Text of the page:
Sunday, January 22, 2006

a minor mot

A friend sent me a link to a post complaining about how left wing college campuses are, and I replied:

And yet the indoctrination doesn’t seem to be working even though I hand out inflatable Hillary dolls to the students who best vomit out what I stick down their throats with all the violent love of a mother bird. I need to call a meeting of the conspiracy *right now.*

I mean, we have trouble teaching them to walk upright, and you think we are going to be able to teach them to revolt?

Monday, January 16, 2006

But During the Commercials Time Seemed to Stand Still

Just out of curiosity and since it's a holiday weekend and meant for laziness, intellectual and otherwise, I watched the first installment of the current season of '24,' which must be a success; otherwise, it wouldn't be having a current season.

I have read in the comments of many critics -- or many times in the criticism of the Chronicle's Tim Goodman -- that the artificiality of the "real time" gimmick is irritating. Apparently, Goodman often, or many other critics at least once, find their enjoyment spoiled because if you pull out your stop watch and your yellow legal pad and draw on your Bayesian sense of the nature of reality, then you just can't keep from thinking how the time frame falls short of verisimilitude: Too many events stuffed into an unelastic 60 minutes and how, as a result, we fret.

Pretty stupid criticism -- though an easy one and god knows anyone who writes for newspapers is dry-mouthed and thus in danger of losing focus as the minutes drag on before that first martini -- because in a universe where violent and hectic events of the kind apparently featured in '24' go on, my disbelief better already be dangling a hundred feet up and hoisting it up another six inches to encompass the time frame is no effort at all.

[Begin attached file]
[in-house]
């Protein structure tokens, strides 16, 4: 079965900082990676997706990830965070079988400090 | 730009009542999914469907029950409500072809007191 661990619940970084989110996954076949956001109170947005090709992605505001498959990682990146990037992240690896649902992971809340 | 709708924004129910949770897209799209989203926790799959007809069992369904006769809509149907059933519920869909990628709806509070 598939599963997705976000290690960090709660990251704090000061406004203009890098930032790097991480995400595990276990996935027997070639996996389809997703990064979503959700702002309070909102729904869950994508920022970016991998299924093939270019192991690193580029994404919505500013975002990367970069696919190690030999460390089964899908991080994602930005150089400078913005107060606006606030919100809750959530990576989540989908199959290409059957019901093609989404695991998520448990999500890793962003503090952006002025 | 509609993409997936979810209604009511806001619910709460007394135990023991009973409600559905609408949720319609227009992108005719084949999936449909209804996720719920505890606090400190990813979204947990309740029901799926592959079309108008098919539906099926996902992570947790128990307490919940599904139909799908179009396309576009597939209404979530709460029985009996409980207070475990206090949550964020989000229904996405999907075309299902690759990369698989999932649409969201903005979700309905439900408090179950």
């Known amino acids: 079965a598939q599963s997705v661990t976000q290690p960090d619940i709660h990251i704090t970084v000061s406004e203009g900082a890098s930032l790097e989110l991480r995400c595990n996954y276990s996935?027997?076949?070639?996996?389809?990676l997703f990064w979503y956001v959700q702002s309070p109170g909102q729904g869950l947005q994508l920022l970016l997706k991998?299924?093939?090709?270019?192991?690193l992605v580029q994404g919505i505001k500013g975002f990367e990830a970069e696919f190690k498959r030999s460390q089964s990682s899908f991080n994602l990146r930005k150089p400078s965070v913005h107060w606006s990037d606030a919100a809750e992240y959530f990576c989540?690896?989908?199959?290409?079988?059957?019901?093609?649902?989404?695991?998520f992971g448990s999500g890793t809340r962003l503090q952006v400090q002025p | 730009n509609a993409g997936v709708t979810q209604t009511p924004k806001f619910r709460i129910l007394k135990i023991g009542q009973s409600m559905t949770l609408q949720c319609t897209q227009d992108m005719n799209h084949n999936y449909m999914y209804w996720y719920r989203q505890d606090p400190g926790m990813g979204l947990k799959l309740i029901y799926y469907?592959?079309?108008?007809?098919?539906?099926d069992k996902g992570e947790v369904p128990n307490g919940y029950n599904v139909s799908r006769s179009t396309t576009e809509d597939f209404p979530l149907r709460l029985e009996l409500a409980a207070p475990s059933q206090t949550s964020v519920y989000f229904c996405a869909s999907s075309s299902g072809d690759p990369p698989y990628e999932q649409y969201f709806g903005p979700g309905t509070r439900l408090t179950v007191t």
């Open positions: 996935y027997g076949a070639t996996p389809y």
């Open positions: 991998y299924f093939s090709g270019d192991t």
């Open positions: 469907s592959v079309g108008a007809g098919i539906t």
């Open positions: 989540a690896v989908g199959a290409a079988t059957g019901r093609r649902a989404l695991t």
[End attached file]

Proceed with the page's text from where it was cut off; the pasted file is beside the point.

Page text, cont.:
Also, you know, this approach to narrative has a pedigree. I do not recall this of all detective novels I have read, or even most, but I certainly do recall of some detective novels that moving the detective from clue to hectic clue over a space of 24 to 36 hours is part of the charm. The detective only lies down to rest if he's beaten up.

If I were to go out to our storage shed and pull down all those water-stained Ross McDonald novels that gave me so much pleasure 30 years ago, I could find an example or two of the "momentum moment" where the detective starts running after the solution, sometimes showing up just in time to find a warm body, which discovery sends him on on on with a growing sense of urgency to more places and more clues.

I don't recall a novel in which that characterizes the entire novel, but why not? In those episodes where the story gets moving I don't recall ever pulling out a LA street map and trying to calculate if you can get from Tarzana to Pasadena that quickly. I am not thinking that I will continue with '24' because I have work to do and I need to save my TV time for the NFL and NCAA basketball, but if I had the time in my own 24 hours, accepting the happy fiction of so much happening in so little time is a worthwhile sacrifice if it enables us to get on with the story.

Goodman says it worries him that he never sees Jack Bauer urinate. The show''s POV is not confined to Jack. So I assume he has a strong bladder and/or an innate modesty. That's backstory, right? in a show that, I concede, might need some.

Sunday, January 15, 2006

Mama? Where's Mama?

Sharing thoughts on being 60 with a similarly inconvenienced friend, it occured to me that even though 60 is the new 50 and 70 is the new 60, 75 is the new 18 months -- staggering rather than walking, slobbering while eating and wandering out into the backyard and crying out in loss and confusion.

Thursday, January 12, 2006

Kind of a Movable Feast, You Know?

Saudi officials say 345 killed in stampede at Mecca.

So the Running of the Mullahs succeeds the Running of the Bullahs.

Wednesday, January 11, 2006

Smith, Johnson, Williams...